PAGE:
The 4Ps Marketing Mix, or 4Ps of Marketing, is a foundation model in marketing. It represents four broad levels of interconnected but independent variables. They are Product, Price, Promotion, and Place.
The 4Ps Marketing Mix has been the dominant framework for marketing management decision making for the past half century after first being published in 1960.
The four elements in the 4Ps Marketing Mix help to determine a clear and effective strategy for bringing a product to market. Each component is important in isolation and needs to be given proper consideration. However, it’s also important to marry all four elements together to deliver the holy grail: the right product at the right price, with a compelling offer for the target audience, distributed in the right place.
The 4Ps of marketing
The product can either be tangible or intangible, but it should meet a specific customer need or demand. In the tech industry, every product will follow a well-defined or logical product lifecycle.
It’s important for technology marketers to understand this because it has a huge impact on how you position the product in the mind of your target audience. You need to frame the problem your product is trying to solve in different ways depending on the buyer’s psychographic profile. This changes as the market matures.
The features and benefits of your product need to be fully understood, while your competitive advantage must be researched and distilled into a unique selling proposition. At the same time, you need to identify and gain a deep understanding of your ideal buyer.
Pricing your product is one of the most difficult things to get right. It’s often a blend of art and science. It’s as much a positioning statement as a definition of what the product costs to buy.
The price you set will directly impact the perceived value of your product. A high perceived value means you can charge more for the product or service. A lower perceived value means you’ve got to battle commoditisation. Your pricing can be influenced by several factors. These include distribution, the value chain, and how your competitors have priced rival products.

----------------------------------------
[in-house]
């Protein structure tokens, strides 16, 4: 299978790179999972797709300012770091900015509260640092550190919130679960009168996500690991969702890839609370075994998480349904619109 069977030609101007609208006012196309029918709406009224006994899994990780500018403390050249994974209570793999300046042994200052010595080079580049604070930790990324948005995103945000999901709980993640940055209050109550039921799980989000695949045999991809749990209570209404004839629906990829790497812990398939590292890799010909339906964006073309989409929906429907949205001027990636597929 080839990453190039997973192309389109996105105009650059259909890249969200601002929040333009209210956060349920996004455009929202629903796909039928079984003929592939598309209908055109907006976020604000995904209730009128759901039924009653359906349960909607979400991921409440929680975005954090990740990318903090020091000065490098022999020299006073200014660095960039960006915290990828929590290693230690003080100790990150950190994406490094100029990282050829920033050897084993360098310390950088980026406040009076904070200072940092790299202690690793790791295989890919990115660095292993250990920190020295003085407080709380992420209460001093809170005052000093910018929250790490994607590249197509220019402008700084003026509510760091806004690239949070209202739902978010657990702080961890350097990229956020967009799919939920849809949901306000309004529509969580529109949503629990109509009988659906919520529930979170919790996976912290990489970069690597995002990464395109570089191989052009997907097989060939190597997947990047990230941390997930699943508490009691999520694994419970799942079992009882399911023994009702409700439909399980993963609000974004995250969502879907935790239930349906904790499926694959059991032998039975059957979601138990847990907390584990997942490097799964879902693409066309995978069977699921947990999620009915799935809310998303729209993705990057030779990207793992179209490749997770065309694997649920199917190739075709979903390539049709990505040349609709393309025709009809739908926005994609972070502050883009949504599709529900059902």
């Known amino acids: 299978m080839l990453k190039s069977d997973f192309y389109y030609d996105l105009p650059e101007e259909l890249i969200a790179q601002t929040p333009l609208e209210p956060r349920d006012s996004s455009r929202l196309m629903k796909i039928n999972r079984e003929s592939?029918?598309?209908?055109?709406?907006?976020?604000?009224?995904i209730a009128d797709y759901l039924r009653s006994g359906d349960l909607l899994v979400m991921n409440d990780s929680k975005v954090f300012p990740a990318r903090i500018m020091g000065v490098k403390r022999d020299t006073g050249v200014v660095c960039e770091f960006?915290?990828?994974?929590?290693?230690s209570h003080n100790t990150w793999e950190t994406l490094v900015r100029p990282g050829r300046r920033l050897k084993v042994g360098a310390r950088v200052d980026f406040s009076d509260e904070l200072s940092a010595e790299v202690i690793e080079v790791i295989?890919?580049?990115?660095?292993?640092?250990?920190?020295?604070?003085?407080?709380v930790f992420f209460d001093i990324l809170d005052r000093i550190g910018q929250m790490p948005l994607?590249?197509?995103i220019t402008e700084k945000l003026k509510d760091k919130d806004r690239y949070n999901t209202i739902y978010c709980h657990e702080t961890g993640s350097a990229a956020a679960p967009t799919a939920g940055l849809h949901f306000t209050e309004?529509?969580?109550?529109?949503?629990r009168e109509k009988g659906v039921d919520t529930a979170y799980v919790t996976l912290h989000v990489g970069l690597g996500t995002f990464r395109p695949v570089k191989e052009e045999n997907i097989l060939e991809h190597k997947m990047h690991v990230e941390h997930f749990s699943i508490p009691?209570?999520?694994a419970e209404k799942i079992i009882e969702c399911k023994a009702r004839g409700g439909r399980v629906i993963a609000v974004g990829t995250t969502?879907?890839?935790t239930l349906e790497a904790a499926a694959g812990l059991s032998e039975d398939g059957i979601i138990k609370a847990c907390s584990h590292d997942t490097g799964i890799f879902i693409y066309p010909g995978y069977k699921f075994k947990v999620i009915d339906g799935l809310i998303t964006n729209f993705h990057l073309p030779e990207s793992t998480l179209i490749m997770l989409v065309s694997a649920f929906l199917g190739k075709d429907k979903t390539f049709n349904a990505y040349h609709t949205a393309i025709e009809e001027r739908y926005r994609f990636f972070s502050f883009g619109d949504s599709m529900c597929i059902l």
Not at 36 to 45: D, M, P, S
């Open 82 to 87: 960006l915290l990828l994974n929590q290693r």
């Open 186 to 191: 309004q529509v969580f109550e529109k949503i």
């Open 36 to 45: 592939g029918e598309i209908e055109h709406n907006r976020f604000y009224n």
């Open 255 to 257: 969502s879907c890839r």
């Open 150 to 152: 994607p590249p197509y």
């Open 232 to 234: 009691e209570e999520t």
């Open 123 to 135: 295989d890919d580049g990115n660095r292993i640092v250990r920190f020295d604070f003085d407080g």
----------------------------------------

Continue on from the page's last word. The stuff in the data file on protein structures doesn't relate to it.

In that regard, your pricing strategy also defines the competitive landscape. Additionally, it defines who your buyers are, your customers’ sensitivities and expectations, and who you’ll end up negotiating deals with.
Your marketing communications strategies, tactics and offers all fall under the promotions segment of the 4P’s marketing framework. This includes how and where you advertise your product, as well as sales promotions you’ll develop. It also includes buying incentives or special offers, content and public relations.
There are around 30 different marketing or traction channels to consider. However, not all will be right in the context of your product or target customer. It’s important to differentiate between marketing and promotion – the latter is the communication aspect of the entire marketing function.
Place, or placement, refers to the direct or indirect channels that you use to get your product or service into the hands of consumers. It’s an umbrella for either the physical location where your business carries out its business. It can also refer to the distribution channels you use to reach markets.
It might refer to a retail outlet – either online or offline – if you’re selling physical products. Less common ‘places’ today would include mail-order catalogues and telemarketing call centres. For some niches these are still prevalent.
If you’re selling services like Software as a Service, Platform as a Service or Infrastructure as a Service, the place often refers to your own website.